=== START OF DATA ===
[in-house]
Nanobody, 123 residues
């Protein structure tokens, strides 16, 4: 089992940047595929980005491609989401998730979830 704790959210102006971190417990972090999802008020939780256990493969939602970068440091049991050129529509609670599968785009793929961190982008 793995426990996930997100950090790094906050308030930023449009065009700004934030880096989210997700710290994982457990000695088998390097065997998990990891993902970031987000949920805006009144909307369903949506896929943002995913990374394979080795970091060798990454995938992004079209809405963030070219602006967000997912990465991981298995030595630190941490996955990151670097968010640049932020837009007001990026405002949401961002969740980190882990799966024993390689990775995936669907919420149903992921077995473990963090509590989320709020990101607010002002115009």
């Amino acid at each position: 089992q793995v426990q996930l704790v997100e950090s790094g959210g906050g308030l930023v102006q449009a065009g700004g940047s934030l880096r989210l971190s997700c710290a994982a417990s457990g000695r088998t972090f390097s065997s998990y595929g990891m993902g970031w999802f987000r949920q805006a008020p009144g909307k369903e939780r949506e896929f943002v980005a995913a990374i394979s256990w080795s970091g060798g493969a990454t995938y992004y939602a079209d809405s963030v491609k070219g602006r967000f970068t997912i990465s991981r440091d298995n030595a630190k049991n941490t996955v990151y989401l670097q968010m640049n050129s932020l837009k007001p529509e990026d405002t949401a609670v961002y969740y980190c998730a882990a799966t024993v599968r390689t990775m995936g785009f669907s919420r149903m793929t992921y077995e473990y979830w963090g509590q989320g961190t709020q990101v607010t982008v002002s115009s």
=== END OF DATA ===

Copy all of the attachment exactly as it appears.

[in-house]
Nanobody, 123 residues
């Protein structure tokens, strides 16, 4: 089992940047595929980005491609989401998730979830 704790959210102006971190417990972090999802008020939780256990493969939602970068440091049991050129529509609670599968785009793929961190982008 793995426990996930997100950090790094906050308030930023449009065009700004934030880096989210997700710290994982457990000695088998390097065997998990990891993902970031987000949920805006009144909307369903949506896929943002995913990374394979080795970091060798990454995938992004079209809405963030070219602006967000997912990465991981298995030595630190941490996955990151670097968010640049932020837009007001990026405002949401961002969740980190882990799966024993390689990775995936669907919420149903992921077995473990963090509590989320709020990101607010002002115009």
């Amino acid at each position: 089992q793995v426990q996930l704790v997100e950090s790094g959210g906050g308030l930023v102006q449009a065009g700004g940047s934030l880096r989210l971190s997700c710290a994982a417990s457990g000695r088998t972090f390097s065997s998990y595929g990891m993902g970031w999802f987000r949920q805006a008020p009144g909307k369903e939780r949506e896929f943002v980005a995913a990374i394979s256990w080795s970091g060798g493969a990454t995938y992004y939602a079209d809405s963030v491609k070219g602006r967000f970068t997912i990465s991981r440091d298995n030595a630190k049991n941490t996955v990151y989401l670097q968010m640049n050129s932020l837009k007001p529509e990026d405002t949401a609670v961002y969740y980190c998730a882990a799966t024993v599968r390689t990775m995936g785009f669907s919420r149903m793929t992921y077995e473990y979830w963090g509590q989320g961190t709020q990101v607010t982008v002002s115009s």